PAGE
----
Wednesday, April 27, 2011

Seals Aren't Smarter Than Leo

One day in Barnes and Noble my daughter, Liz, picked up The Dog IQ Test by Melissa Miller. This book helps you evaluate your dog's intellect and social skills. Of course, the results confirmed that our dog Rosie was extremely intelligent and socially adept, but we were shocked to learn that Leo also scored high.

You see, Leo had been keeping his IQ under wraps with clever tricks to make us think he was dumb. For example, he'd act like a bird dog -- a very, very stupid bird dog -- by swimming through the frigid Puget Sound towards a flock of sea birds floating on the water far off shore. Invariably once Leo was within 10 feet or so, the birds would fly to a new spot. Leo would repeat this act over and over again, day in and day out, to fool us into thinking he wasn't all that smart.

Leo would also bark incessantly at the base of a tree in which a pair of great blue herons nested, as if he expected them to hop down for a visit.

Then there was the waiting room cat. Lord of the vet clinic, he quickly earned the respect of all who entered. Except Leo. Leo lunged, and I, fearing for the cat, lunged after him.

I wasn't fast enough, though, and copious amounts of blood and yelping ensued. Although this ought to have ended Leo's interest in the cat, he continued lunging. To save his life, I fastened his leash to the arm of my chair until our appointment time thankfully arrived. Clever Leo of course knew all along that I'd do this.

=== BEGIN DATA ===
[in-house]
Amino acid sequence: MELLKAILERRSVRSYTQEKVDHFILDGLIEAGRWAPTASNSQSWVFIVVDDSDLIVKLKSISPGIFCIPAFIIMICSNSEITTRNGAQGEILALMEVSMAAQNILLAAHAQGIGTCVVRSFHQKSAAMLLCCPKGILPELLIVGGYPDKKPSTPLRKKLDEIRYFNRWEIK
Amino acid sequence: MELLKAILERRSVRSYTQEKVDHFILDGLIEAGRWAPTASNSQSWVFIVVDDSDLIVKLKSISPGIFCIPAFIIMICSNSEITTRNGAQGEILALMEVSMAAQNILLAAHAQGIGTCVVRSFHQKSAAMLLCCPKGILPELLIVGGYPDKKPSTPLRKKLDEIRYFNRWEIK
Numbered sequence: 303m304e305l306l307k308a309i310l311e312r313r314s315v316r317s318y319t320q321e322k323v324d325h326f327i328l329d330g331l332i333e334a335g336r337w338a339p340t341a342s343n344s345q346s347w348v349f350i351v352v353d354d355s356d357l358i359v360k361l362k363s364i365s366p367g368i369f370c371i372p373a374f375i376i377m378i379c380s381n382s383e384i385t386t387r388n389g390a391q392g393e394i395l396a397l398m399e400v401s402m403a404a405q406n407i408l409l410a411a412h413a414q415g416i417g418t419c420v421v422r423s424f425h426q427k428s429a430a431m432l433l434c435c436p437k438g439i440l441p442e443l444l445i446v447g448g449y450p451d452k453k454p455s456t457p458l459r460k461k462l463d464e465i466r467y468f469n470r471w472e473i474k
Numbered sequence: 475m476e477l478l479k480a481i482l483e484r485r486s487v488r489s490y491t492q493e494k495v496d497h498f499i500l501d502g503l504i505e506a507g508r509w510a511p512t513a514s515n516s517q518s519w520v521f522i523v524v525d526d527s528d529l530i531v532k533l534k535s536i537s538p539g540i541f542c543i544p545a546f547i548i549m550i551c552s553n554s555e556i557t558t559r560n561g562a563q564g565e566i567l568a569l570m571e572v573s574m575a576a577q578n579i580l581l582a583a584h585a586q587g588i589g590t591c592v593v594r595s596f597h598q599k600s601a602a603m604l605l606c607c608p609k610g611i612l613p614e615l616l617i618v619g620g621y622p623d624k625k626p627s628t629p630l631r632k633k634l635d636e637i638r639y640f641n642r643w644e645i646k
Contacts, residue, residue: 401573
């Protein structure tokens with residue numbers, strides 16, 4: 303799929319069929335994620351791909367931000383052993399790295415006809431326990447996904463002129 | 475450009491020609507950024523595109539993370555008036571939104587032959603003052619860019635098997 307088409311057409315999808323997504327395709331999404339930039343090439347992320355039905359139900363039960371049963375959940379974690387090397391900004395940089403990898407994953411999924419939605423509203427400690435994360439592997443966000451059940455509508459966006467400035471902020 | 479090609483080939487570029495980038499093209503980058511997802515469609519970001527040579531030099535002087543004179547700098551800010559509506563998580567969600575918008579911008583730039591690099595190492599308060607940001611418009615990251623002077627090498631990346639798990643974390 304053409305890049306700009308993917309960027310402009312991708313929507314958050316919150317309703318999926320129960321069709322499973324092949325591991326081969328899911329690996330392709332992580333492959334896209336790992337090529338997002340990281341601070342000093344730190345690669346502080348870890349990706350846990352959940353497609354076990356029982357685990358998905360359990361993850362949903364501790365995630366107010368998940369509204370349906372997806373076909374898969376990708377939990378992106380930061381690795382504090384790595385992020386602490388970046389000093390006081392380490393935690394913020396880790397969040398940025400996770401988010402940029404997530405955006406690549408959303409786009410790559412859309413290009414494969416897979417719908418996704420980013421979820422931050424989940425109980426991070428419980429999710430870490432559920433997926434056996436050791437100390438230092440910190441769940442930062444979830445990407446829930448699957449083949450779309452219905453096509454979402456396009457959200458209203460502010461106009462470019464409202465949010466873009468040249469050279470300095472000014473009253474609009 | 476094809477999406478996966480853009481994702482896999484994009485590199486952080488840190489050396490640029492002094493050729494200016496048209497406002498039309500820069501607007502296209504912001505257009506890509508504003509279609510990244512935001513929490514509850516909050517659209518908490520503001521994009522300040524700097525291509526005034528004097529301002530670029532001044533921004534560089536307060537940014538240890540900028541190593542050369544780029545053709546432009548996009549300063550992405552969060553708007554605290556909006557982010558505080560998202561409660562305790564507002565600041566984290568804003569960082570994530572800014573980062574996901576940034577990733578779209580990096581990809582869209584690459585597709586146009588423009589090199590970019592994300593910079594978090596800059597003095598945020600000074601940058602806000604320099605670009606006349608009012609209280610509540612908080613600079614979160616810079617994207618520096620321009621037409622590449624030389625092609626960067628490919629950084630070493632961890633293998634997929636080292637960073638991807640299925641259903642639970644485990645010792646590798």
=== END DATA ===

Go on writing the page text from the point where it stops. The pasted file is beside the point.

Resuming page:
One incident stood above the rest, though. Liz and I used to take the dogs to Maple Hollow, a closed Department of Natural Resources park, where the ranger had given permission for the dogs to run off leash. A trail wound through a maple forest and down to a deserted beach. Rosie and Leo would take long detours through the woods and still beat us to the water, running and swimming until they got tired enough to take home. We rarely saw any land animals in the park because they fled for cover when the dogs crashed through the woods. At the beach, however, we'd often see a pair of seals, lolling on a floating raft off shore.

One day the seals decided to swim over and have a closer look at us.

1. The seals came close to shore.
Leo went nuts. The seals turned around and swam away. Leo followed.
2. Leo plunged into the water to pursue the seals.
After swimming out so far that I could barely see them any more, the seals disappeared under water. Leo swam in circles looking for them. "Duh, where'd they go? Where'd they go?"

3. The seals disappeared under water.
Eventually giving up, Leo turned towards the shore. Two seal heads popped up out of the water and trailed him all of the way back.
4. Leo swam back to shore, the seals close behind.
To make a long story short, steps 1 through 4 above were repeated three times. After the third repetition, the seals, apparently bored with the game, disappeared for good. I breathed a sigh of relief, believing that Leo would have become exhausted and drowned before ever giving up the chase. Leo was far too smart for that, though. I just didn't know it at the time.

My sister Jenn used to say, "Leo is all brain stem and no cerebral cortex" and until that IQ test, I thought so, too. Now I know better.

Find out what happens when Leo reads the menu...

You might also enjoy:

Share this post:

Leo gets high marks on the IQ test, but that doesn't mean he has any common sense.

submit to reddit


The Intercontinental Gardener said...

So much for IQ testing dogs or any other animals. He must have been a great dog though, who doesn't want to have someone even fooler than oneself around every now and then... :-) Great drawings!

Megan Seagren said...

That's a very good point, Liisa! Although I think he still managed to outsmart me most of the time.